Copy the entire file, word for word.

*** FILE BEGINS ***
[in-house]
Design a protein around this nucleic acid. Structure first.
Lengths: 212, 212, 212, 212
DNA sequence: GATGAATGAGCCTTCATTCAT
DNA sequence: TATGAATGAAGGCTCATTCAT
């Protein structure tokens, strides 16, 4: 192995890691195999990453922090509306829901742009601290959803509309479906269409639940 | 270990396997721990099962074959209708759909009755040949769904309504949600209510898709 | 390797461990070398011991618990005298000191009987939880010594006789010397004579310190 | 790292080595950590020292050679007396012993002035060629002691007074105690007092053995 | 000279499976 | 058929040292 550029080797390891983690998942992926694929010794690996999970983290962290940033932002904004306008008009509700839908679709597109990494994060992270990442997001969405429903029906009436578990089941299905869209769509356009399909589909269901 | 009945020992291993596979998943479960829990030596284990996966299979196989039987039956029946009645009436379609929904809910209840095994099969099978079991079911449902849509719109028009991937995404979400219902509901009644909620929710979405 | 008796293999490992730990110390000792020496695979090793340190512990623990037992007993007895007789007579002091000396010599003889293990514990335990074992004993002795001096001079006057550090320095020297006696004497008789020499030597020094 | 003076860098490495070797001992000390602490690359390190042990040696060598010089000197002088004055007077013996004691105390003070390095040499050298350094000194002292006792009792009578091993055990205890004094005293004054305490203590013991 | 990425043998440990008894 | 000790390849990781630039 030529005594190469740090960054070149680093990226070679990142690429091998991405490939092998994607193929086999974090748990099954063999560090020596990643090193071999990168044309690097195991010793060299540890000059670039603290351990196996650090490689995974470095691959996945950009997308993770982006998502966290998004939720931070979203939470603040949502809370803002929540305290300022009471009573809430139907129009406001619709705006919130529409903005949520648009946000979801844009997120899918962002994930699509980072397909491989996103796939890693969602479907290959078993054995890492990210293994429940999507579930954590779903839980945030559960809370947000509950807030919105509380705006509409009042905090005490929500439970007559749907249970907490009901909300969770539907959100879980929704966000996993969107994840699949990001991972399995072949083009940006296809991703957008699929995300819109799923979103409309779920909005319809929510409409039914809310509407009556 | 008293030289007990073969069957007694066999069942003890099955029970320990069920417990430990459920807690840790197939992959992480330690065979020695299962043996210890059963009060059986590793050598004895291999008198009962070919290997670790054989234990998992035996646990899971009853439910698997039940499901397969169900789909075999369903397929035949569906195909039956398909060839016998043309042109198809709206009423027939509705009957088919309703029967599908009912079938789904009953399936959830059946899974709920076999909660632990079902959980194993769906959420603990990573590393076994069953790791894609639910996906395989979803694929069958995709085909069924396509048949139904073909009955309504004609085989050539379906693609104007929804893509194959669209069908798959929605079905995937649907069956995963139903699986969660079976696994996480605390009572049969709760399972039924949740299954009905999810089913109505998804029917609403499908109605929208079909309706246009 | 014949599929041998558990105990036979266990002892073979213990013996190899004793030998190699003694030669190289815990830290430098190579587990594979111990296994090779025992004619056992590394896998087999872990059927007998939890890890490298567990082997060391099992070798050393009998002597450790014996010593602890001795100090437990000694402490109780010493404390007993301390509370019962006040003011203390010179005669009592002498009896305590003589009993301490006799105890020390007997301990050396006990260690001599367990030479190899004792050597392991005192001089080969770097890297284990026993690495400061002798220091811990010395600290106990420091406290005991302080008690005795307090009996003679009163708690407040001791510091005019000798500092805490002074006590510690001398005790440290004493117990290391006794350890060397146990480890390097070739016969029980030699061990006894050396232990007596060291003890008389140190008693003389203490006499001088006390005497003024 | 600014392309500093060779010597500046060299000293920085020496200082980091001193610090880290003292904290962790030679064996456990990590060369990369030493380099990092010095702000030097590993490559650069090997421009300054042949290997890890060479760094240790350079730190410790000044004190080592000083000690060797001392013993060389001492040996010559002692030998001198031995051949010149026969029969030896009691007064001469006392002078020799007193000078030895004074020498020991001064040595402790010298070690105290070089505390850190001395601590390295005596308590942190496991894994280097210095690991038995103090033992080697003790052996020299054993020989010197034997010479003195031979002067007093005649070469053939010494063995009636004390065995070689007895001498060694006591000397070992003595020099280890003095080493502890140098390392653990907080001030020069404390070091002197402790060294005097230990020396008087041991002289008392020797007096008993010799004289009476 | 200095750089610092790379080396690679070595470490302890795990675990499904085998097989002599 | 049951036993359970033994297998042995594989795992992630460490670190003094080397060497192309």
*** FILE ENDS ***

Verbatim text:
[in-house]
Design a protein around this nucleic acid. Structure first.
Lengths: 212, 212, 212, 212
DNA sequence: GATGAATGAGCCTTCATTCAT
DNA sequence: TATGAATGAAGGCTCATTCAT
């Protein structure tokens, strides 16, 4: 192995890691195999990453922090509306829901742009601290959803509309479906269409639940 | 270990396997721990099962074959209708759909009755040949769904309504949600209510898709 | 390797461990070398011991618990005298000191009987939880010594006789010397004579310190 | 790292080595950590020292050679007396012993002035060629002691007074105690007092053995 | 000279499976 | 058929040292 550029080797390891983690998942992926694929010794690996999970983290962290940033932002904004306008008009509700839908679709597109990494994060992270990442997001969405429903029906009436578990089941299905869209769509356009399909589909269901 | 009945020992291993596979998943479960829990030596284990996966299979196989039987039956029946009645009436379609929904809910209840095994099969099978079991079911449902849509719109028009991937995404979400219902509901009644909620929710979405 | 008796293999490992730990110390000792020496695979090793340190512990623990037992007993007895007789007579002091000396010599003889293990514990335990074992004993002795001096001079006057550090320095020297006696004497008789020499030597020094 | 003076860098490495070797001992000390602490690359390190042990040696060598010089000197002088004055007077013996004691105390003070390095040499050298350094000194002292006792009792009578091993055990205890004094005293004054305490203590013991 | 990425043998440990008894 | 000790390849990781630039 030529005594190469740090960054070149680093990226070679990142690429091998991405490939092998994607193929086999974090748990099954063999560090020596990643090193071999990168044309690097195991010793060299540890000059670039603290351990196996650090490689995974470095691959996945950009997308993770982006998502966290998004939720931070979203939470603040949502809370803002929540305290300022009471009573809430139907129009406001619709705006919130529409903005949520648009946000979801844009997120899918962002994930699509980072397909491989996103796939890693969602479907290959078993054995890492990210293994429940999507579930954590779903839980945030559960809370947000509950807030919105509380705006509409009042905090005490929500439970007559749907249970907490009901909300969770539907959100879980929704966000996993969107994840699949990001991972399995072949083009940006296809991703957008699929995300819109799923979103409309779920909005319809929510409409039914809310509407009556 | 008293030289007990073969069957007694066999069942003890099955029970320990069920417990430990459920807690840790197939992959992480330690065979020695299962043996210890059963009060059986590793050598004895291999008198009962070919290997670790054989234990998992035996646990899971009853439910698997039940499901397969169900789909075999369903397929035949569906195909039956398909060839016998043309042109198809709206009423027939509705009957088919309703029967599908009912079938789904009953399936959830059946899974709920076999909660632990079902959980194993769906959420603990990573590393076994069953790791894609639910996906395989979803694929069958995709085909069924396509048949139904073909009955309504004609085989050539379906693609104007929804893509194959669209069908798959929605079905995937649907069956995963139903699986969660079976696994996480605390009572049969709760399972039924949740299954009905999810089913109505998804029917609403499908109605929208079909309706246009 | 014949599929041998558990105990036979266990002892073979213990013996190899004793030998190699003694030669190289815990830290430098190579587990594979111990296994090779025992004619056992590394896998087999872990059927007998939890890890490298567990082997060391099992070798050393009998002597450790014996010593602890001795100090437990000694402490109780010493404390007993301390509370019962006040003011203390010179005669009592002498009896305590003589009993301490006799105890020390007997301990050396006990260690001599367990030479190899004792050597392991005192001089080969770097890297284990026993690495400061002798220091811990010395600290106990420091406290005991302080008690005795307090009996003679009163708690407040001791510091005019000798500092805490002074006590510690001398005790440290004493117990290391006794350890060397146990480890390097070739016969029980030699061990006894050396232990007596060291003890008389140190008693003389203490006499001088006390005497003024 | 600014392309500093060779010597500046060299000293920085020496200082980091001193610090880290003292904290962790030679064996456990990590060369990369030493380099990092010095702000030097590993490559650069090997421009300054042949290997890890060479760094240790350079730190410790000044004190080592000083000690060797001392013993060389001492040996010559002692030998001198031995051949010149026969029969030896009691007064001469006392002078020799007193000078030895004074020498020991001064040595402790010298070690105290070089505390850190001395601590390295005596308590942190496991894994280097210095690991038995103090033992080697003790052996020299054993020989010197034997010479003195031979002067007093005649070469053939010494063995009636004390065995070689007895001498060694006591000397070992003595020099280890003095080493502890140098390392653990907080001030020069404390070091002197402790060294005097230990020396008087041991002289008392020797007096008993010799004289009476 | 200095750089610092790379080396690679070595470490302890795990675990499904085998097989002599 | 049951036993359970033994297998042995594989795992992630460490670190003094080397060497192309």